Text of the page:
Saturday, October 02, 2010

Book-A-Day 2010 # 241 (10/2) -- I'm With Stupid by Weinstein & Barreca

Stereotypes are pernicious, self-replicating and confining, dragging our thoughts into the same old channels and frustrating attempts to break free or do something new. But they're funny!

Memory has fuzzed out the details of the recommendations I saw that aimed me at I'm with Stupid -- probably all for the good -- but I do remember that it was supposed to be really, really funny, a clever and entertaining new look at the gender divide. Perhaps that "new" is the problem, and I just took far too long to get to I'm With Stupid [1]; it's a book published in 2004 that collects a series of newspaper columns (rewritten and presented along with new material) that themselves appeared over a two year period prior to the book's text being finalized. So, using standard publishing schedules and counting backwards, that implies that many of these discussions are from the 2000-2001 period.

Should that matter with a book about something as supposedly eternal as men vs. women? Probably not, but when an example of male incompetence involves co-author Weingarten only being allowed one check at a time, the reader starts asking "this guy still uses checks for his purchases?" instead of chortling with recognition. Other examples also founder on the shoals of the modern world, particularly broad generalizations that anyone who's spent much time on the Internet will know aren't close to true for huge swaths of the population of whatever sex is being misrepresented. (For example, did you know that no woman in the history of civilization has ever liked porn?)

Anyway, Gene Weingarten was a humor columnist for the Washington Post Magazine -- still is, by the way, close to a decade later -- and, one week, while casting about for a topic to be funny about, discovered that a feminist academic (Gina Barreca) had just published a book about feminism and humor, which he thought would be easy to make fun of for the length of a column. (I'm With Stupid never names that book -- it might be The Signet Book of American Humor, which Barreca edited, from late 1999.) Barreca was smarter and funnier than Weingarten expected, and he kept coming back to her for further columns -- the earliest one I could find in the Post archives is from February of 2001, and it's clearly not the first -- all about the supposedly intractable differences between men and women.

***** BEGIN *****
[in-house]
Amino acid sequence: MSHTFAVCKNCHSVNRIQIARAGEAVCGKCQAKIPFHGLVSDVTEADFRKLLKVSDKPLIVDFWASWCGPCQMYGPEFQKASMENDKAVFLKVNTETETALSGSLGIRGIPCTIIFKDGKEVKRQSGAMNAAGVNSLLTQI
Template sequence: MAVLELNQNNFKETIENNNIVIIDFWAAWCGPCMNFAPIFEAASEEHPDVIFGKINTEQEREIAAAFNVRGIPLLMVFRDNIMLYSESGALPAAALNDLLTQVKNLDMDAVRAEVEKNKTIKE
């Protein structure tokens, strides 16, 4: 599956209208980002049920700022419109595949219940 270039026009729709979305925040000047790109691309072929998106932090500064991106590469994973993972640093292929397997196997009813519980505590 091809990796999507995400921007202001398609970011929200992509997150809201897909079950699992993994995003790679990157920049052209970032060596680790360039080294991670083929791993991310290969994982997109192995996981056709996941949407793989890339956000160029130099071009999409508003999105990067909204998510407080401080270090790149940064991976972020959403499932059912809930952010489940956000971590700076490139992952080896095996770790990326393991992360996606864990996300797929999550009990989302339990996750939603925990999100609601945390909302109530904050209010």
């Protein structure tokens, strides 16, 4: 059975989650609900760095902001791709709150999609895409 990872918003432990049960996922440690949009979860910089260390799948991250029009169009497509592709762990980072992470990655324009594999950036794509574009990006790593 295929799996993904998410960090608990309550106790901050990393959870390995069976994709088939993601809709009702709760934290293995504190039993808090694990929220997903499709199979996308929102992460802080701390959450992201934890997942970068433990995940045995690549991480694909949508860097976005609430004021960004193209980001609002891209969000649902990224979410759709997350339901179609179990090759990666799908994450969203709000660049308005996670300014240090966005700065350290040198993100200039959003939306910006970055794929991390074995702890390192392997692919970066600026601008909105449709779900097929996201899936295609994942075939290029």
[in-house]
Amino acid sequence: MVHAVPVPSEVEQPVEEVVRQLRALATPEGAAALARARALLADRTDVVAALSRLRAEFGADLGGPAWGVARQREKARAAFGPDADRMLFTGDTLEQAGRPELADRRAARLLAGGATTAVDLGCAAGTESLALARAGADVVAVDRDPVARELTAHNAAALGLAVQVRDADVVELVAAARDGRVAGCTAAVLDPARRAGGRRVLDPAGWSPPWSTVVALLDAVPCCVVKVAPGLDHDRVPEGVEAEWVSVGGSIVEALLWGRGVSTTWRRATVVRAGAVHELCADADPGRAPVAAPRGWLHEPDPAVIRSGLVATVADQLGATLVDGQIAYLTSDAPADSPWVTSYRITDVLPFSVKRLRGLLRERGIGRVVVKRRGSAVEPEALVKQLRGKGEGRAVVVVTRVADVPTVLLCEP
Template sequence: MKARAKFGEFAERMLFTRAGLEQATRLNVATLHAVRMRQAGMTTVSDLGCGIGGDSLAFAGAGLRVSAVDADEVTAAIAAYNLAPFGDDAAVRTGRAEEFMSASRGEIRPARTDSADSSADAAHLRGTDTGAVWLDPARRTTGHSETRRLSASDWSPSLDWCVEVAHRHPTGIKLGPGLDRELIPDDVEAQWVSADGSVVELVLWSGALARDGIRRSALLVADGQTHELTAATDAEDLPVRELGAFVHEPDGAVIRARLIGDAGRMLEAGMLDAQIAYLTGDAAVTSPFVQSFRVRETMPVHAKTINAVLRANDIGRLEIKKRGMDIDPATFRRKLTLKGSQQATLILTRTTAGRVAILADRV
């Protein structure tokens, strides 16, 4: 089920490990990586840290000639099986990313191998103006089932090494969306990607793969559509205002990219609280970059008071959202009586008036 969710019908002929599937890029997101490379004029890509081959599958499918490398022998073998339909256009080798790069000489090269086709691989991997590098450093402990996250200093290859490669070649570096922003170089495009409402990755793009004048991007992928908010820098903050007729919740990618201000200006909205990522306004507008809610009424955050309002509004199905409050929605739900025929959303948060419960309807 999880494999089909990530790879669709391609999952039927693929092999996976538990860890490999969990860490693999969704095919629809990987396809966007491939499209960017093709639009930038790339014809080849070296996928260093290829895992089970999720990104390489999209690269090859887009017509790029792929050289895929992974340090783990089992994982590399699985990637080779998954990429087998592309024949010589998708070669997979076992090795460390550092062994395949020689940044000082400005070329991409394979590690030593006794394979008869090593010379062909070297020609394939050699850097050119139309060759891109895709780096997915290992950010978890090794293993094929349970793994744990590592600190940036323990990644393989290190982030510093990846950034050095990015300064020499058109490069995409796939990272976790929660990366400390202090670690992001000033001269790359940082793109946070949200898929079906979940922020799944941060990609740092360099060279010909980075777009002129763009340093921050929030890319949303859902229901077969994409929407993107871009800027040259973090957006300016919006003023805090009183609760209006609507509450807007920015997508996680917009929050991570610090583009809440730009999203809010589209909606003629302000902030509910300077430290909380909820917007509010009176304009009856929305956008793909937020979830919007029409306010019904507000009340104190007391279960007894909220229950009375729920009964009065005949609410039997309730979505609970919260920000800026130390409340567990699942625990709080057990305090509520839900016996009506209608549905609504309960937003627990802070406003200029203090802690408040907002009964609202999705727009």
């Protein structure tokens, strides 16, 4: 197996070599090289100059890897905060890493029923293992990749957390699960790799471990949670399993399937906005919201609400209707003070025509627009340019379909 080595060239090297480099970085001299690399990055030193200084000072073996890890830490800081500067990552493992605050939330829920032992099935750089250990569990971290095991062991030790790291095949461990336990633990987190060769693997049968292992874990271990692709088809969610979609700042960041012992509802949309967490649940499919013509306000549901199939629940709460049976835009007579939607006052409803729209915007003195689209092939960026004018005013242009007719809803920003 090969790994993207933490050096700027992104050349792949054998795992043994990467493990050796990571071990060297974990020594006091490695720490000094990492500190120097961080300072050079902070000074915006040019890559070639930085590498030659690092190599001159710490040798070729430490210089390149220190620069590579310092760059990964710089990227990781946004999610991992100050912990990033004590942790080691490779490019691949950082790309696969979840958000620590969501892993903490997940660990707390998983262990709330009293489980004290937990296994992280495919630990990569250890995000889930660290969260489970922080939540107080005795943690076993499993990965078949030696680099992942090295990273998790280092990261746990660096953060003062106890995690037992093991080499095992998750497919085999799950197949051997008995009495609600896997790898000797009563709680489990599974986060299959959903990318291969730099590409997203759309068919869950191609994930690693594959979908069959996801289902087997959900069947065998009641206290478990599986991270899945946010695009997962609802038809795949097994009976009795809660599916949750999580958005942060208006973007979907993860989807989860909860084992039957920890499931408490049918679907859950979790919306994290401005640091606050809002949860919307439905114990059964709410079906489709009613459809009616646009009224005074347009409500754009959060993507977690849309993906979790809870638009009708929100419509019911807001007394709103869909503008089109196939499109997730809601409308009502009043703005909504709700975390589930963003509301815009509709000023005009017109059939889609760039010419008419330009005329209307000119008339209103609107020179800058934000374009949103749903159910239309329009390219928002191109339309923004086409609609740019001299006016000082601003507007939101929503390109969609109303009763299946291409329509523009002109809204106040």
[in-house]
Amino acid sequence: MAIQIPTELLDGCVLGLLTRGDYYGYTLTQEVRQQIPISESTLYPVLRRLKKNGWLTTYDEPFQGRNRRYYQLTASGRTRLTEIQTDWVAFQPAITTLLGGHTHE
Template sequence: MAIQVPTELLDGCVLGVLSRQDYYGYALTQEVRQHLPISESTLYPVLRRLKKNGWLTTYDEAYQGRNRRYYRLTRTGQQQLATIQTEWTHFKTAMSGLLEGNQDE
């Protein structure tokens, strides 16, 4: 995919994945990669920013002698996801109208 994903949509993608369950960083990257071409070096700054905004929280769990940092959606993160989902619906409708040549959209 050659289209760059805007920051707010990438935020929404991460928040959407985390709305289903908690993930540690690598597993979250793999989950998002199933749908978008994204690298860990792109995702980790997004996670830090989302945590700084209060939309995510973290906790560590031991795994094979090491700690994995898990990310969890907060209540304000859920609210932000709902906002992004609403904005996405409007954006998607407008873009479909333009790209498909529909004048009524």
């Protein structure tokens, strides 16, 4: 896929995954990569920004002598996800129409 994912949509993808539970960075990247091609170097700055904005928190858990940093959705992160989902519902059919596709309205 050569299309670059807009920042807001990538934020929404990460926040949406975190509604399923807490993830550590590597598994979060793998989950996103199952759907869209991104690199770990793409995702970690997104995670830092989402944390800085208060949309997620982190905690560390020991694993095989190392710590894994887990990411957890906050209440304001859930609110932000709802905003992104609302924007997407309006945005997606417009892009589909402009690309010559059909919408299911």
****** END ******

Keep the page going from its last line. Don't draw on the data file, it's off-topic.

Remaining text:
I'm With Stupid collects a couple dozen of those columns -- all in a he-said, she-said back-and-forth dialogue format that's zippy and engaging -- somewhat edited to read more smoothly as a book, and supplemented by some amount of new material. (Only a devoted fan of Weingarten's column, or the authors themselves, could say for sure which is which.) As is typical with humor of this sort, Weingarten, representing men, plays up his uncouth, dirty, messy, too-confused-to-live-in-this-modern-world-without-the-help-of-a-good-woman, anti-intellectual side, and Barreca must, in between being the feminist intellectual, occasionally wax rhapsodic about the joys of shopping, crying, and long discussions of everyone's feelings. It is all undeniably funny, which is the point of the exercise, but it's also all very superficial and standard; it's exactly what you'd expect from a moderately funny he-said, she-said dialogue from two professional writers not aiming to engage too deeply with the material.

Both of them are prone to make sweeping overstatements, which are untrue in the way that all sweeping overstatements are. (Many of them are statistically more true than not, though.) As is typical of this kind of book, Barreca -- representing femininity, civilization, and the goddess of the hearth -- is allowed to win most of the arguments, but Weingarten gets to have most of the best lines and to appear to have the most fun -- this is what passes for gender equality these days. I'm With Stupid is quite funny, but, like most collections of newspaper columns, it reads better in small doses than all at once.

[1] Or perhaps it's the more usual problem of expectations: hardly anything is "really, really funny," if you're told ahead of time that it's going to be.

Book-A-Day 2010: The Epic Index

1 comment:

Anonymous said...

I skip his column every Sunday; I don't think it's funny. Now he and his son have a comic in the Post newspaper and I read that for a week and haven't read it since.

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